Previously, hedge funds were not recognised under Regulation 28. However, in 2011 National Treasury and the FSB introduced changes that recognised hedge funds and alternative investments as an integral part of any diversified portfolio, and allowed allocations of up to 10% of a portfolio’s assets. However, the perception that hedge funds are ‘risky’ investments has persisted. The most cited reasons for not investing in hedge funds are that they are complex, expensive and lack transparency.

Until now, institutional investors have felt that the challenges of navigating the hedge fund world are just too daunting, despite advantages in terms of attractive returns and diversification.

Three myths dispelled

There have always been misperceptions around the hedge fund industry and these new hedge fund regulations have helped dispel some of the myths. Here are some of the misconceptions, and how the hedge fund regulations help to ease investor fears:

1) Hedge funds are more risky than other types of investments – By allowing hedge funds to be regulated under the CISCA framework, National Treasury acknowledges that hedge funds are no more risky than other investment products, and they can be made available to all investors. Hedge funds use sophisticated techniques to apply more effective risk management techniques, participate in falling markets and create a return profile which is uncorrelated to equity and bond markets.
2) Because hedge funds use leverage, there is a greater chance that I will lose more than my investment - In light of the new regulations, no investor can lose more then he/she invests into the fund. This is the concept of ‘limited liability’. Similarly, the new regulations ensure that proper risk management is instituted and risk exposure is limited.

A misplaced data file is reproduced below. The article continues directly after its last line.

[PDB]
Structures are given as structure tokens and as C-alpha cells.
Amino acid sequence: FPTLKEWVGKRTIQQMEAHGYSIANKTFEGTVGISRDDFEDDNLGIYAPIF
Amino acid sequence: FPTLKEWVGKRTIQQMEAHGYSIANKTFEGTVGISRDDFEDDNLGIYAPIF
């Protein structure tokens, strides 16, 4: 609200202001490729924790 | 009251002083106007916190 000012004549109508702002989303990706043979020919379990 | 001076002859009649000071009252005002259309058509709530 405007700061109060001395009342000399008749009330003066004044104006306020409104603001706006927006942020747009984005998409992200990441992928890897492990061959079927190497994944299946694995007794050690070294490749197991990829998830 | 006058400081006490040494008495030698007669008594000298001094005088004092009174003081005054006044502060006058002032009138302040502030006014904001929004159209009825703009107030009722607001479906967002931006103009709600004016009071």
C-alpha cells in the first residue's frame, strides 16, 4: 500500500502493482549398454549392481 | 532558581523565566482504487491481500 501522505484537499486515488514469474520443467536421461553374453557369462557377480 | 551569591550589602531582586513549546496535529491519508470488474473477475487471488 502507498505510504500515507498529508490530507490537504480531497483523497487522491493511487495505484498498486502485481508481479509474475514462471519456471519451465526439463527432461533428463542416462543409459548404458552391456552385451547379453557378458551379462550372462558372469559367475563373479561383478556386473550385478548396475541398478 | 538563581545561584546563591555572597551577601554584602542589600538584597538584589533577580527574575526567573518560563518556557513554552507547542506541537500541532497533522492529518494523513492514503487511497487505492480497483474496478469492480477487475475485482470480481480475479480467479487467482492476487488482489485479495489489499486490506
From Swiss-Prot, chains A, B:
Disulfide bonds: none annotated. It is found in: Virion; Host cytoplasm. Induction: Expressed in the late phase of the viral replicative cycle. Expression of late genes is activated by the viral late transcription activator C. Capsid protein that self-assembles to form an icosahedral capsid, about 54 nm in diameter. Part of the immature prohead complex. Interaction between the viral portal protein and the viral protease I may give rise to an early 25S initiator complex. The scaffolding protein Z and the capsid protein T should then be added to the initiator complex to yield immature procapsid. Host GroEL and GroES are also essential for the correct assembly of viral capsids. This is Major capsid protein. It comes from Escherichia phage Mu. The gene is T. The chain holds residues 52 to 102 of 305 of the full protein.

3) Hedge funds are not transparent – To the contrary, there are stringent reporting requirements in hedge fund regulations. There are specific disclosures and reporting requirements to investors. Currently the hedge fund industry offers daily see-through to investors and we expect this to continue.

In the well-documented context of lower returns for longer, isn’t it time to think past the traditional asset classes and incorporate alternative investments into your asset allocation? We have witnessed one of the longest bull markets across both equities and bonds, and one needs to start thinking about hedging investments against a possible environment of lower returns to help maximise retirement outcomes.

If you don’t want to be penalised for taking on too much ‘risk’, the solution may be to diversify into assets such as hedge funds which offer relatively uncorrelated returns in comparison to traditional asset classes like equity, bonds and cash. Hedge funds are designed to reduce market volatility for investors by applying specialist strategies and should be considered as one of the building blocks of a well-diversified investment portfolio.



Quick Polls


South Africa’s Financial Sector Conduct Authority (FSCA) has the power to raise revenues by issuing administrative penalties and fines against non-compliant financial services providers, with this money flowing back to the Treasury… Does this, in your view, create a regulatory / government conflict of interest?


Absolutely, as conflicted as it gets
Maybe, I’m on the fence on this
No, the FSCA can do no wrong
The guilty must pay